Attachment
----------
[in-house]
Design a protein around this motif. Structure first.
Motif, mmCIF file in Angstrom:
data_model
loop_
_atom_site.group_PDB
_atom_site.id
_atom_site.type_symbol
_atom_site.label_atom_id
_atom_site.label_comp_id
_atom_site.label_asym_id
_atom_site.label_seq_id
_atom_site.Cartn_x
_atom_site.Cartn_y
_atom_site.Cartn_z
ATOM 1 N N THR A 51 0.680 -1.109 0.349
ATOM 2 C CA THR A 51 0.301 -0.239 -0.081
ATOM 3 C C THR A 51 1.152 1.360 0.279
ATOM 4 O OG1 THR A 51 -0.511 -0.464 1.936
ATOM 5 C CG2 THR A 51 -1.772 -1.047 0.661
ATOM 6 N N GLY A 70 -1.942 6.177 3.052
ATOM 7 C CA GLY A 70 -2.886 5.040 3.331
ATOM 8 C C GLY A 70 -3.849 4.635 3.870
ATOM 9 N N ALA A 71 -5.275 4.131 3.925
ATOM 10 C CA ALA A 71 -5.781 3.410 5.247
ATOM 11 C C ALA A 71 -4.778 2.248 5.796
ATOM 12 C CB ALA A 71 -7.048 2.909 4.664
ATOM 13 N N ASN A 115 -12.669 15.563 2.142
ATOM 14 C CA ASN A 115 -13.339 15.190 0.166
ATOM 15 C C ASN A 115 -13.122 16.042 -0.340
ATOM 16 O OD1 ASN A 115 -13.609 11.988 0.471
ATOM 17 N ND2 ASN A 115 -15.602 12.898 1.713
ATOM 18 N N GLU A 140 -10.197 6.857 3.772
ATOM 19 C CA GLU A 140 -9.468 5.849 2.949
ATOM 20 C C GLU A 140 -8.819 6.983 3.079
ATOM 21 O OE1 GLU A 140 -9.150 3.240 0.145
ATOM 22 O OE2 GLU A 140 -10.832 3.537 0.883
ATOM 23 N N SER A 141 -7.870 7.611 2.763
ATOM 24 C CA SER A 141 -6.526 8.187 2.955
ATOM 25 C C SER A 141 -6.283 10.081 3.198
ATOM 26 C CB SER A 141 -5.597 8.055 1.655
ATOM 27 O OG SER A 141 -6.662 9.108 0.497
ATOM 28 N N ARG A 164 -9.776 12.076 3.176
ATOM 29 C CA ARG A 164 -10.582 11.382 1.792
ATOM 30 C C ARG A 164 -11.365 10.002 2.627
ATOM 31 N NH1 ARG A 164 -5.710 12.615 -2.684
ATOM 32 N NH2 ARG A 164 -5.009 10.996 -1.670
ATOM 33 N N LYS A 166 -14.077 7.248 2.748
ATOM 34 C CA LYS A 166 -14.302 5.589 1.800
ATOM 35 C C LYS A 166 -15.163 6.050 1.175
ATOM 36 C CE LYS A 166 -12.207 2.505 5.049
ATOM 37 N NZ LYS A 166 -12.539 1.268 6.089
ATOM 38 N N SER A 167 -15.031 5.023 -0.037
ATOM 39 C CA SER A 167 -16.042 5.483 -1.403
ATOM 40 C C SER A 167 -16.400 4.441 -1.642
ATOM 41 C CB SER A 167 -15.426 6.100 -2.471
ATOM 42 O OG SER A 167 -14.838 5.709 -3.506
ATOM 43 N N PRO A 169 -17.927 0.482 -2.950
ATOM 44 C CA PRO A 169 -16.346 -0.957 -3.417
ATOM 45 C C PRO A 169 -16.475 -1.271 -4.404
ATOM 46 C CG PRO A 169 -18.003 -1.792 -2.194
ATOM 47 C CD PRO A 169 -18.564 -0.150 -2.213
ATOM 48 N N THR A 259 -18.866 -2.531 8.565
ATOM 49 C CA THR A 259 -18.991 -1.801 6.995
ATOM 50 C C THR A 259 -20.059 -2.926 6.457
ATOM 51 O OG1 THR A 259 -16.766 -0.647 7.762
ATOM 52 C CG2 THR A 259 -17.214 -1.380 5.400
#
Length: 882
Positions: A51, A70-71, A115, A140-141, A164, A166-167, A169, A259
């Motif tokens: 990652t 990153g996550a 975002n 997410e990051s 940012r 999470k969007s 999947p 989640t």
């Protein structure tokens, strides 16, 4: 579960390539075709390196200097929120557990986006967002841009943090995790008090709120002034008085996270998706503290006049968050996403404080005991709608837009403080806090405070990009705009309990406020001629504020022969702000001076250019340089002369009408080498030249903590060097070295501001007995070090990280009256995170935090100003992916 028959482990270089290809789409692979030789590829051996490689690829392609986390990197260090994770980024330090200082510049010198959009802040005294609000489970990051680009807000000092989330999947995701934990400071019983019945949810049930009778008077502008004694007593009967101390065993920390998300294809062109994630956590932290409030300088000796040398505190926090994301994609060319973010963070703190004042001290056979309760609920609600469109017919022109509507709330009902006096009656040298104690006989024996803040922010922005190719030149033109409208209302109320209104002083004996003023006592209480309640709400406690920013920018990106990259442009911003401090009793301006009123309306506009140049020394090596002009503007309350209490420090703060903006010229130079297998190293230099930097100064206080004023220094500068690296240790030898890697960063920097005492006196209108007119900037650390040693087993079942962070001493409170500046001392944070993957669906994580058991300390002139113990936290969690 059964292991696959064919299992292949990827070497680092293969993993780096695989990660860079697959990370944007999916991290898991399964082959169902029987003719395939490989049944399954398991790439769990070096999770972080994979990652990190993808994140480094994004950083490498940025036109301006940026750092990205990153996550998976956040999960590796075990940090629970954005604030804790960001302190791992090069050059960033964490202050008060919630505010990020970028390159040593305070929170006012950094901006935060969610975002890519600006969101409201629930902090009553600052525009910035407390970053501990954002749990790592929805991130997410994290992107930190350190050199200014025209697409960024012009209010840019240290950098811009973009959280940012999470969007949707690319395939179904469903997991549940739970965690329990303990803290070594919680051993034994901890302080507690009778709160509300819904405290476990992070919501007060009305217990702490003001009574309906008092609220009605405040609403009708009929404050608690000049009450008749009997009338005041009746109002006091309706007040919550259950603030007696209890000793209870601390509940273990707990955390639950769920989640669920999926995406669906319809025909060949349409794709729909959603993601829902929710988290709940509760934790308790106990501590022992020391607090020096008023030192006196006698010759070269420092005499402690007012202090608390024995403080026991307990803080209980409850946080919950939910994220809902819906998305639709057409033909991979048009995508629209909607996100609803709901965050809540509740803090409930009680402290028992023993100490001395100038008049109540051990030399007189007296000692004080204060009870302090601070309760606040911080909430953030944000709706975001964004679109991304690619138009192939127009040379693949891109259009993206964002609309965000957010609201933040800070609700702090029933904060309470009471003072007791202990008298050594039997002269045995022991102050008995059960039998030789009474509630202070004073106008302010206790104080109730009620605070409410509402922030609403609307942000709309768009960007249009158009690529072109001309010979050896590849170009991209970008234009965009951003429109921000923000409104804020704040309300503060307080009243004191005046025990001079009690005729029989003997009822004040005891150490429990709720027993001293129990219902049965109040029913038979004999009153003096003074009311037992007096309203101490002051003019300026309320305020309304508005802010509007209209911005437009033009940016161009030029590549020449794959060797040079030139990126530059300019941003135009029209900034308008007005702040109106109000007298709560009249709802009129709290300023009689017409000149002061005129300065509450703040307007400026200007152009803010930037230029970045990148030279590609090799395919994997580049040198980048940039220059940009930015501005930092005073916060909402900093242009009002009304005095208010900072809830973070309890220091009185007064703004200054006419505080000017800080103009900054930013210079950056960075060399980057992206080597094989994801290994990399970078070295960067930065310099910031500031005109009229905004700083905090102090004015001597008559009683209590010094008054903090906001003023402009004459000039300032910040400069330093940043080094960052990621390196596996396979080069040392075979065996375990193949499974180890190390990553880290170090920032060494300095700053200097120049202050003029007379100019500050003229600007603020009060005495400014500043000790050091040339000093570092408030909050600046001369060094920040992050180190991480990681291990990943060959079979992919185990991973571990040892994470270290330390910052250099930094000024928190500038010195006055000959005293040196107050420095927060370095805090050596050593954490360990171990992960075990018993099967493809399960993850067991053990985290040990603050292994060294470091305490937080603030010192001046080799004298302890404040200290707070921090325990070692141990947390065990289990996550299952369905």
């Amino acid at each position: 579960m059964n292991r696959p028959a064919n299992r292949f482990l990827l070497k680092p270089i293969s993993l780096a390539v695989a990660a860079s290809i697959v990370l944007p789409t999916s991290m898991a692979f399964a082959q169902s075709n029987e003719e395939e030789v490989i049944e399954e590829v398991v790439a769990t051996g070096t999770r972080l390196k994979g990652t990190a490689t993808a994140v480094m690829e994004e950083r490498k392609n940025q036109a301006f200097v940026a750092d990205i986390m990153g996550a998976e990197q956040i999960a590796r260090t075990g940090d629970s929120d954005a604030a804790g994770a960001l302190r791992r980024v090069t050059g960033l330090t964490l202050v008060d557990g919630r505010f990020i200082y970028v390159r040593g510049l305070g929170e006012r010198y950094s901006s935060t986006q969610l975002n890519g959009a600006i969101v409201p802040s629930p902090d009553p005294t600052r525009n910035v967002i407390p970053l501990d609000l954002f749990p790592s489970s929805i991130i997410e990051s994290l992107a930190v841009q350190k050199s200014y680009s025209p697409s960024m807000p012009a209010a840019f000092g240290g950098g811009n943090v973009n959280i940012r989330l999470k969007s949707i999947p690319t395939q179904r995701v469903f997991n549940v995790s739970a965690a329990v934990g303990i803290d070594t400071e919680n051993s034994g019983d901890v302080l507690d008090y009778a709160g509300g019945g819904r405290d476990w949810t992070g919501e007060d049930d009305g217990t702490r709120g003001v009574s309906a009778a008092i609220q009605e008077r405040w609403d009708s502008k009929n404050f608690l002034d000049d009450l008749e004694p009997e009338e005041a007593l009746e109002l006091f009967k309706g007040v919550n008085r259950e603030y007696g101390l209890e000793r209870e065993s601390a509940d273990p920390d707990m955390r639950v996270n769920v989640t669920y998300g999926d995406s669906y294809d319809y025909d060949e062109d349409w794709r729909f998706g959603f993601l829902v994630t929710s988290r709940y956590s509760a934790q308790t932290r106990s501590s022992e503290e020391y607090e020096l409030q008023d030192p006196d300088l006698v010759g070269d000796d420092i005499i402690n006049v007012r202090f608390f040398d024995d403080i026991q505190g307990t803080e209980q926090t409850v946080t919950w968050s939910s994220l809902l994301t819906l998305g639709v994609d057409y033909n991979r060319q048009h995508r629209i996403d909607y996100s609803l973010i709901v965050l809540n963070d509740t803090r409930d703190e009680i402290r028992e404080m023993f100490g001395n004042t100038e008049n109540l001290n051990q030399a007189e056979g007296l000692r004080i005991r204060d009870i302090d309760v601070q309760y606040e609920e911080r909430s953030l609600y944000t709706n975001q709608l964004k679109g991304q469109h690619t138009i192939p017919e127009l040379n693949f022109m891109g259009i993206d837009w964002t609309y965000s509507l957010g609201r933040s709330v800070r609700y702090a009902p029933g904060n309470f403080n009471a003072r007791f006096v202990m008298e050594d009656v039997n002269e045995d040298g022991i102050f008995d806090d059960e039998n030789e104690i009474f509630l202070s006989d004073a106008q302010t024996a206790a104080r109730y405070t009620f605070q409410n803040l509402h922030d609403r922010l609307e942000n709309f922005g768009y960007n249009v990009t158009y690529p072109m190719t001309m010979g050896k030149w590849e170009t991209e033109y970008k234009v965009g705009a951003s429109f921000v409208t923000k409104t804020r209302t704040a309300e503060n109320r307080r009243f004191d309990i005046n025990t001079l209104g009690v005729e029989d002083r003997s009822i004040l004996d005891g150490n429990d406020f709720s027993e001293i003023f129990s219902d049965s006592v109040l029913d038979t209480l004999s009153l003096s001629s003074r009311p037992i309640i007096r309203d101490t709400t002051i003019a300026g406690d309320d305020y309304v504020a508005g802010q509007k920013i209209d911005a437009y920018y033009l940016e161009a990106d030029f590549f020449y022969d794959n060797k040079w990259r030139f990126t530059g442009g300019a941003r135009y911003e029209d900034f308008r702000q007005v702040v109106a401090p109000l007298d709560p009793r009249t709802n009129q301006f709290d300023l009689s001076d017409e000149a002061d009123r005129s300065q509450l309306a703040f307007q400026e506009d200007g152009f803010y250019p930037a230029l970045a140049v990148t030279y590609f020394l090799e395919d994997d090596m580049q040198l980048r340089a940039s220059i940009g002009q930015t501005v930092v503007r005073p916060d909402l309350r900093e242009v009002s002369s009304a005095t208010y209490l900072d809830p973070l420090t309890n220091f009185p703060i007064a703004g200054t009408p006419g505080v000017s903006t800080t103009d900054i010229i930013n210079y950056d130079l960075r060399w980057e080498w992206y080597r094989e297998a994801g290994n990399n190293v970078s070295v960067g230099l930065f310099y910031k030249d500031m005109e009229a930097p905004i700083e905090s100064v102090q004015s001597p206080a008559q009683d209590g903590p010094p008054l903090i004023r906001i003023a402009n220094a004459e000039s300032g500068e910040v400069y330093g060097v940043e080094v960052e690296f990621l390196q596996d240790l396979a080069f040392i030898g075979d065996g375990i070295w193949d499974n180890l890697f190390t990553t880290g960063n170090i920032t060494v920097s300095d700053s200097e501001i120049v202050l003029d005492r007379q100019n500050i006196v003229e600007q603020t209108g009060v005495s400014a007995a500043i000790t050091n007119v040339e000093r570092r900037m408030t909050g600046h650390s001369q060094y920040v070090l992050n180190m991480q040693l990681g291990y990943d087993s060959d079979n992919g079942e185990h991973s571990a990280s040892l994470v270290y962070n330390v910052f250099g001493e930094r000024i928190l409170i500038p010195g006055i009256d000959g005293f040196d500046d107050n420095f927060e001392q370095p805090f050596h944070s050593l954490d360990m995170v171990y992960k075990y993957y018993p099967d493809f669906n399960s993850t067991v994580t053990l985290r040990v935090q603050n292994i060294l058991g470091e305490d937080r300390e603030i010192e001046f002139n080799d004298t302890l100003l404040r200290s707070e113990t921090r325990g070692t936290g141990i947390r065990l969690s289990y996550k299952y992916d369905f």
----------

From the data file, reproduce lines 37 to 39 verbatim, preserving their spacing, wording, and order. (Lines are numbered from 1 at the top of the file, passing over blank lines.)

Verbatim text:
ATOM 22 O OE2 GLU A 140 -10.832 3.537 0.883
ATOM 23 N N SER A 141 -7.870 7.611 2.763
ATOM 24 C CA SER A 141 -6.526 8.187 2.955